We will add witty captions and share your message about emergency preparedness with the world. The winning photos will go into our Get Ready calendar.
See our animals photo gallery for ideas! Need more inspiration? Take a look at photos from past rounds of the Get Ready Photo Contest, featuring cats, dogs, and babies.

Read our FAQs and official rules and regulations for complete info. Entries will be accepted via email and Instagram. Contest entries are being accepted now through June 1, so get snapping!

Wednesday, April 15, 2015

In the (flood) zone with climate change

In 2014, there were eight weather-related disasters, with losses exceeding $1 billion each across the U.S. Go ahead, have a look at the list. How many of those disasters were storms and floods? Too many! The bad news is that we all live in a flood zone. According to the National Flood Insurance program “in the past five years, all 50 states have experienced floods or flash floods.”

But before we get too far into floods, let’s talk for a minute about greenhouses. Certain gases in the atmosphere — we call them greenhouse gases — help to keep Earth warm by trapping heat from the sun, just like a greenhouse does. Without greenhouse gases, Earth would be too cold to support life as we know it.

However, scientists are measuring higher-than-normal levels of greenhouse gases, which are being trapped in Earth’s atmosphere. Our greenhouse, our planet, is becoming too warm because of the increasing level of greenhouse gases. We’re not cooling off enough. As the North Pole warms up, it’s easier for high-pressure systems from the ocean to move in on cold air in the North Pole and push it south.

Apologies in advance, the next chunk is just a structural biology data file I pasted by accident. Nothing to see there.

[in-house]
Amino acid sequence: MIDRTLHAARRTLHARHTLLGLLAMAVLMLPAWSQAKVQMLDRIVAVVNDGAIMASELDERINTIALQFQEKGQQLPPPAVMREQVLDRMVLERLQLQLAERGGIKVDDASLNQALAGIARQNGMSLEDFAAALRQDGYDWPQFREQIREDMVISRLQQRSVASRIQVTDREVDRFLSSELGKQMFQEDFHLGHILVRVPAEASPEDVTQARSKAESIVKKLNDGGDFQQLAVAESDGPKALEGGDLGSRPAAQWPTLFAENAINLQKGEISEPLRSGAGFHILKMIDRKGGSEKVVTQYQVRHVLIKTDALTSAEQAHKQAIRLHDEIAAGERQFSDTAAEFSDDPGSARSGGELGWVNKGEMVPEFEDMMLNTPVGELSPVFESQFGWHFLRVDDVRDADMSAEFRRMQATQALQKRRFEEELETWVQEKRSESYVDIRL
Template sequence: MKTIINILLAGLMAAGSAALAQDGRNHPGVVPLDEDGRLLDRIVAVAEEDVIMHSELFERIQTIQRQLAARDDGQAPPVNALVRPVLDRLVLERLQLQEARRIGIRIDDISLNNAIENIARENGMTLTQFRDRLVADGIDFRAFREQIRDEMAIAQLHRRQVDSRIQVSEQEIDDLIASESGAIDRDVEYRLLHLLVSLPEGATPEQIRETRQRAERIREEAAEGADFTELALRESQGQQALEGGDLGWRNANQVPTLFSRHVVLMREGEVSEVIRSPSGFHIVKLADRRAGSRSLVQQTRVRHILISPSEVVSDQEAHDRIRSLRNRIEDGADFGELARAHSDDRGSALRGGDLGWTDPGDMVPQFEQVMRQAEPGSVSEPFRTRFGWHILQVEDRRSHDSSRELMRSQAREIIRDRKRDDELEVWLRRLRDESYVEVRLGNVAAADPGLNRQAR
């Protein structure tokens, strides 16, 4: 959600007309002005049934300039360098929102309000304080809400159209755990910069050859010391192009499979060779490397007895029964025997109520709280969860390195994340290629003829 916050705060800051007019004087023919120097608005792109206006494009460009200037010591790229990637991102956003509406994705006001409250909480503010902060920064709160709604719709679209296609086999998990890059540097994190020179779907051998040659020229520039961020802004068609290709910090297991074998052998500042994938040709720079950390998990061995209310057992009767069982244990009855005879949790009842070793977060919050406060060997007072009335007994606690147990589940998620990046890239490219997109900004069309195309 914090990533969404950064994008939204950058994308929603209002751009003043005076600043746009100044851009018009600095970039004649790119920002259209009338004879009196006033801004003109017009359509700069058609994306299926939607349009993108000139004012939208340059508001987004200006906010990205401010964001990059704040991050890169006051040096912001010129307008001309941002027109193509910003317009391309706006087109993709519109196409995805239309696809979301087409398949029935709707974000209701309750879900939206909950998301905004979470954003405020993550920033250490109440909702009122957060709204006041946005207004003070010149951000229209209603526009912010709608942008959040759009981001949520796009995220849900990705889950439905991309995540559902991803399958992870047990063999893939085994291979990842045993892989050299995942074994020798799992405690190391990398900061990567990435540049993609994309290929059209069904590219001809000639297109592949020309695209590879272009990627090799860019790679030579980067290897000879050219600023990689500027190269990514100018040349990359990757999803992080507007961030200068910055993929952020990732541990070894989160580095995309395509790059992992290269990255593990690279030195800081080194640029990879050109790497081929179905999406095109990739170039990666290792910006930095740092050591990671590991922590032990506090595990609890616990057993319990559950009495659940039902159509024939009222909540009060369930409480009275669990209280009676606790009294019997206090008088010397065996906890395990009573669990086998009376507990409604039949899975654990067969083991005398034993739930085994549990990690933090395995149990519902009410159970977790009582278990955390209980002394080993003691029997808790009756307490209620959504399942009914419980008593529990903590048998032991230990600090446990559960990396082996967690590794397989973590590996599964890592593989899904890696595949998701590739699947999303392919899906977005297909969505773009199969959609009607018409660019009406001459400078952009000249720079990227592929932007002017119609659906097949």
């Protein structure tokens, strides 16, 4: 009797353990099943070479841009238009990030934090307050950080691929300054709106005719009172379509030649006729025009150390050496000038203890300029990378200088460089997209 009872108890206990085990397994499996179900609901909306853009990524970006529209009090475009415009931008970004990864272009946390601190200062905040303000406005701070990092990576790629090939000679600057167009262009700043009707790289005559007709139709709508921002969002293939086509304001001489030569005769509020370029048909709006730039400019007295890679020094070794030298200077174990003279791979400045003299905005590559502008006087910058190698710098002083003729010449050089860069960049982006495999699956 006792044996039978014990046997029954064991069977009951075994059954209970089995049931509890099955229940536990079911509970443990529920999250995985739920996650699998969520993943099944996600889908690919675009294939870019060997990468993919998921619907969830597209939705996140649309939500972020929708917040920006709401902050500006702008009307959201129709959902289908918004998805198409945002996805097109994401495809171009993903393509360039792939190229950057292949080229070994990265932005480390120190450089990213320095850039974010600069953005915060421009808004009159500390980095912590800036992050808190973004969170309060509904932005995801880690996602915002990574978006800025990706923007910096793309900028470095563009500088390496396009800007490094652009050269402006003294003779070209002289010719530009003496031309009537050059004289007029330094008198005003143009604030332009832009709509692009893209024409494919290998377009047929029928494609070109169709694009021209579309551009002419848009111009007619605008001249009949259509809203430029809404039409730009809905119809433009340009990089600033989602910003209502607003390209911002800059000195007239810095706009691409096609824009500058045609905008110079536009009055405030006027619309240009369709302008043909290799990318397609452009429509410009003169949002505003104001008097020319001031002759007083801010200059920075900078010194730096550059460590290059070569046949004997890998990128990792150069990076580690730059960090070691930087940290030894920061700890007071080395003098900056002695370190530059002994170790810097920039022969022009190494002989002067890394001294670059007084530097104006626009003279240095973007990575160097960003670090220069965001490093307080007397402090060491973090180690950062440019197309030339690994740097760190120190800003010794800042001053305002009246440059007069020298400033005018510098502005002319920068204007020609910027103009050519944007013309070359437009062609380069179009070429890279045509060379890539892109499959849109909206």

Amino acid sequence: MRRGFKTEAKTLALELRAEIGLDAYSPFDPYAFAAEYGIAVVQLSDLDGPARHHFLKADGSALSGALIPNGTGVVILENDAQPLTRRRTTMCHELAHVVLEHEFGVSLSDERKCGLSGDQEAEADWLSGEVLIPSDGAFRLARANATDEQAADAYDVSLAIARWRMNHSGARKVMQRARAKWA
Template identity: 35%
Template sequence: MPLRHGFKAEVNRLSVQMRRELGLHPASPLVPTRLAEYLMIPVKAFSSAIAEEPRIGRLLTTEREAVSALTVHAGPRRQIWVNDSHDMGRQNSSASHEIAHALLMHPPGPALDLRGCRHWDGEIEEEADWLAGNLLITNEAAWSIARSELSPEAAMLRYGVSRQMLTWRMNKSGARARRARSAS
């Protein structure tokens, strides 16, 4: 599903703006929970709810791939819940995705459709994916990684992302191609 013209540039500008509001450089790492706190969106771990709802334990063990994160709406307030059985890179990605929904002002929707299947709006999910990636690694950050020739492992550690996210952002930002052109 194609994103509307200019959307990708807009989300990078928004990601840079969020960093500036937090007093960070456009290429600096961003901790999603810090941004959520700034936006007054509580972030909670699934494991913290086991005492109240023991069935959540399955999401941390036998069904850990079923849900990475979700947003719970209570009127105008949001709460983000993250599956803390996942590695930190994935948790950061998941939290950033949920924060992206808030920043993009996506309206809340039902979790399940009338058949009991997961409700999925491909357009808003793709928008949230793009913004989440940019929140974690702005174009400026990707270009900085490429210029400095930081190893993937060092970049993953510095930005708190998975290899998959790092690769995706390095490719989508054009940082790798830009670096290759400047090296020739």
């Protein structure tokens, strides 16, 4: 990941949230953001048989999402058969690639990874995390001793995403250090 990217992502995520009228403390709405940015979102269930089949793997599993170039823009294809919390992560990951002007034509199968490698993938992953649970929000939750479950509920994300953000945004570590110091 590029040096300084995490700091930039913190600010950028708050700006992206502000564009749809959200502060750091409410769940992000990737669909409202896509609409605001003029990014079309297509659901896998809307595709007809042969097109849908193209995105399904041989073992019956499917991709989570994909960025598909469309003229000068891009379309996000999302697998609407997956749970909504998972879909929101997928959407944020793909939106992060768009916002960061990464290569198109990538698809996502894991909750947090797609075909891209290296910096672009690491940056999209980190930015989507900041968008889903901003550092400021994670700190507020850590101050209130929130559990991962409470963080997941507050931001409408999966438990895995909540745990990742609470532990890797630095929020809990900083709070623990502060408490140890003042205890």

And that’s where climate effects such as storms and floods come in. For example:

  • Oceans are warmer: Water takes up more space as it heats and it has to go somewhere. And it’s rising up on shorelines. 
  • Global air and wind currents are warmer: When air currents of high and low energy collide, they produce storms. Warmer air means more frequent and violent storms. Warm oceans also add to overheating air and wind currents. 
  • The North Pole is warmer: Glaciers are melting into the ocean, adding to the amount of water. 

Now for some fast facts about floods:

  • Floods can come on rapidly, such as a flash flood, or slowly build up, such as a rising creek during a slow, steady rainfall.